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Given your facts, you have a basis to deduct this loss as a casualty loss
on your tax return
. Pursuant to IRS
Tax Topic 515 (http://www.irs.gov/taxtopics/tc515.html):
"Generally, you may deduct casualty and theft losses relating to your home, household items and vehicles on your federal income
tax return. You may not deduct casualty and theft losses covered by insurance unless you file a timely claim for reimbursement
, and you reduce the loss by the amount of any reimbursement or expected reimbursement.
A casualty loss can result from the damage, destruction or loss of your property
from any sudden, unexpected or unusual event such as a flood, hurricane, tornado, fire, earthquake or volcanic eruption. A casualty does not include normal wear and tear or progressive deterioration.
If your property is personal
-use property or is not completely destroyed, the amount of your casualty loss is the lesser of:
The adjusted basis of your property, or
The decrease in fair market value of your property as a result of the casualty
The amount of your theft loss is generally the adjusted basis of your property because the fair market value of your property immediately after the theft is considered to be zero.
You must reduce the loss, whether it is a casualty or theft loss, by any salvage value and by any insurance or other reimbursement you receive or expect to receive. The adjusted basis of your property is usually your cost, increased or decreased by certain events such as improvements or depreciation
. You may determine the decrease in fair market value by appraisal, or if certain conditions are met, by the cost of repairing the property.Individuals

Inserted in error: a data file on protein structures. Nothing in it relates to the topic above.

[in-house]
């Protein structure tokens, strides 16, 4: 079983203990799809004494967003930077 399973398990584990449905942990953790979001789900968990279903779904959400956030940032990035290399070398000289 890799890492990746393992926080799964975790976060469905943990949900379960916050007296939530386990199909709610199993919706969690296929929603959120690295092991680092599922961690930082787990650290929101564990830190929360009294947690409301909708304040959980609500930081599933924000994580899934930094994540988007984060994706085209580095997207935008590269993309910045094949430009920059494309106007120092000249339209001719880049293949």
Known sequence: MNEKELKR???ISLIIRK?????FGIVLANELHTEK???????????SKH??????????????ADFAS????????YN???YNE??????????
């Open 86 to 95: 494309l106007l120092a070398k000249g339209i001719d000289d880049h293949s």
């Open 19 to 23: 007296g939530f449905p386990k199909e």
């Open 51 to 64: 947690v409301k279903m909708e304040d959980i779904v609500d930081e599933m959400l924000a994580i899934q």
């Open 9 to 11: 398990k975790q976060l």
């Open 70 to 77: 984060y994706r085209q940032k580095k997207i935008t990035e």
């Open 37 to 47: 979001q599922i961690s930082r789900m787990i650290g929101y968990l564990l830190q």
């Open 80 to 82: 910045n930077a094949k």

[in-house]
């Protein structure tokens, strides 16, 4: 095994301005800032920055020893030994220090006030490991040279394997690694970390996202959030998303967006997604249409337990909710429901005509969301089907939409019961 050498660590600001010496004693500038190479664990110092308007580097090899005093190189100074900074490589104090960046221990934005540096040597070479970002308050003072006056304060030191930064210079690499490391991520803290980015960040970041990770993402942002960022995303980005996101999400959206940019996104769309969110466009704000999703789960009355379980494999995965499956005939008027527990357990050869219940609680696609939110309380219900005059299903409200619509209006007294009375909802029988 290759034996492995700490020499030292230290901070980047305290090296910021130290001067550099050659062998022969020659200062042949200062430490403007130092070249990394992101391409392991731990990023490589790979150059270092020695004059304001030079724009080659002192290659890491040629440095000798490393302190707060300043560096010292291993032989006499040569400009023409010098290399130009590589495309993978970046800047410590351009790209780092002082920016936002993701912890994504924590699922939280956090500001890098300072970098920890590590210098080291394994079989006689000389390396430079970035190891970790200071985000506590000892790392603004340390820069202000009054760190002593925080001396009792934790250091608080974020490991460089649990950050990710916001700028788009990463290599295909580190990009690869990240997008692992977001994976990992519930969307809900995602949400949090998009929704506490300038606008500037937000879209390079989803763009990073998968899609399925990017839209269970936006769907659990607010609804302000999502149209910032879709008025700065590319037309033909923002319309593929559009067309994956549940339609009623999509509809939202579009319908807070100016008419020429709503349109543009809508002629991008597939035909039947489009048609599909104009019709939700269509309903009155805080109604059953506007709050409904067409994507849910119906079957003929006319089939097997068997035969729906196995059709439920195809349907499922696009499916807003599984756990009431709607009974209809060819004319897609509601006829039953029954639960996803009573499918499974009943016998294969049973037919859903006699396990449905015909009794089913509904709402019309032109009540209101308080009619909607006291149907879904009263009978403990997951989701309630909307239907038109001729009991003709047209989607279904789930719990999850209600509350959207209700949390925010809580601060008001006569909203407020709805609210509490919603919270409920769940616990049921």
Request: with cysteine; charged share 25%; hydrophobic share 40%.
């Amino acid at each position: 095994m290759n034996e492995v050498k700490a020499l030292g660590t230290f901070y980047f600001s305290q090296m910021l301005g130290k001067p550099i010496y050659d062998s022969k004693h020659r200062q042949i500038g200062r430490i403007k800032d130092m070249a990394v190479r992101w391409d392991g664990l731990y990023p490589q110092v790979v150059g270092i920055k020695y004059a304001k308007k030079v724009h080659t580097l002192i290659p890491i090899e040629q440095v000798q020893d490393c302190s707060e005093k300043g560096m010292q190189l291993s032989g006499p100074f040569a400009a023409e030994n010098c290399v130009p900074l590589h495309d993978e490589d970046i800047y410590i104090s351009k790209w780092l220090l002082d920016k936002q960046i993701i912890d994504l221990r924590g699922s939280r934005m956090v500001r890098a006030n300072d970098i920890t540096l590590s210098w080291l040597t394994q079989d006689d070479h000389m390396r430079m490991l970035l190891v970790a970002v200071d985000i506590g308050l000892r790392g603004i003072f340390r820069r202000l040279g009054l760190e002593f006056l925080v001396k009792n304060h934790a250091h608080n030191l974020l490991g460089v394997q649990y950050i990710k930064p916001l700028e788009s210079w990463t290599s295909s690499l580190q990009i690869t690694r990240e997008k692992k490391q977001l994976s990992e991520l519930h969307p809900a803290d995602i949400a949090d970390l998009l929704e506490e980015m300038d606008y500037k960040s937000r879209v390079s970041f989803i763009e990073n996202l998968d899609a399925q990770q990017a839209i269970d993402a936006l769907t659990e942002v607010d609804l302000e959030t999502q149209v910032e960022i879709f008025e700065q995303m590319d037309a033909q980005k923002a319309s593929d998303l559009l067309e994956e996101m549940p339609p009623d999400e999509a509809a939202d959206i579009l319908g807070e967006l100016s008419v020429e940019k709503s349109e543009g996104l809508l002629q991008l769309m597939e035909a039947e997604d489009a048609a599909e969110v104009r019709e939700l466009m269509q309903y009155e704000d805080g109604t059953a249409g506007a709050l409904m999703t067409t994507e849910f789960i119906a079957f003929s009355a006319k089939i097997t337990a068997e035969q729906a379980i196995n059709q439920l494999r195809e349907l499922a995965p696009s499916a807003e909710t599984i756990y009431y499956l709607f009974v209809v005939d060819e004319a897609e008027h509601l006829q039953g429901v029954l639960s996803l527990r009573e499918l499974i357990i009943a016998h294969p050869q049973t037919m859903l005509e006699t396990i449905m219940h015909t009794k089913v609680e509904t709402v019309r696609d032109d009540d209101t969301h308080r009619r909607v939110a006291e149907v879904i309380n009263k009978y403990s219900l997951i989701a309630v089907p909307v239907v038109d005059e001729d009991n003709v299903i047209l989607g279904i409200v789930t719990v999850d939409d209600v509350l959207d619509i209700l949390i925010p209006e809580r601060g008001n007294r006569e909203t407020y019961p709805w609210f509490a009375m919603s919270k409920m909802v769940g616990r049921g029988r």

are required to claim their casualty and theft losses as an itemized deduction
on Form 1040
, Schedule A
(PDF), Itemized Deductions, (or Schedule A in Form
1040NR (PDF), if you are a nonresident alien
). For property held by you for personal use, you must subtract $100 from each casualty or theft event that occurred during the year after you have subtracted any salvage value and any insurance or other reimbursement. Then add up all those amounts and subtract 10% of your adjusted gross income
from that total to calculate your allowable casualty and theft losses for the year.
Report casualty and theft losses on Form 4684
(PDF), Casualties and Thefts. Use Section A for personal-use property and Section B for business or income-producing property. If personal-use property was damaged, destroyed or stolen, you may wish to refer to Publication 584, Casualty, Disaster, and Theft Loss Workbook (Personal-Use Property). For losses involving business-use property, refer to Publication 584-B (PDF), Business Casualty, Disaster, and Theft Loss Workbook.
Casualty losses are generally deductible
in the year the casualty occurred. However, if you have a casualty loss from a federally declared disaster that occurred in an area warranting public or individual assistance (or both), you can choose to treat the loss as having occurred in the year immediately preceding the tax year in which the disaster happened, and you can deduct the loss on your return or amended return
for that preceding tax year. Review Disaster Assistance and Emergency Relief for Individuals and Businesses on IRS.gov, for information regarding timeframes and additional information to your specific qualifying event."
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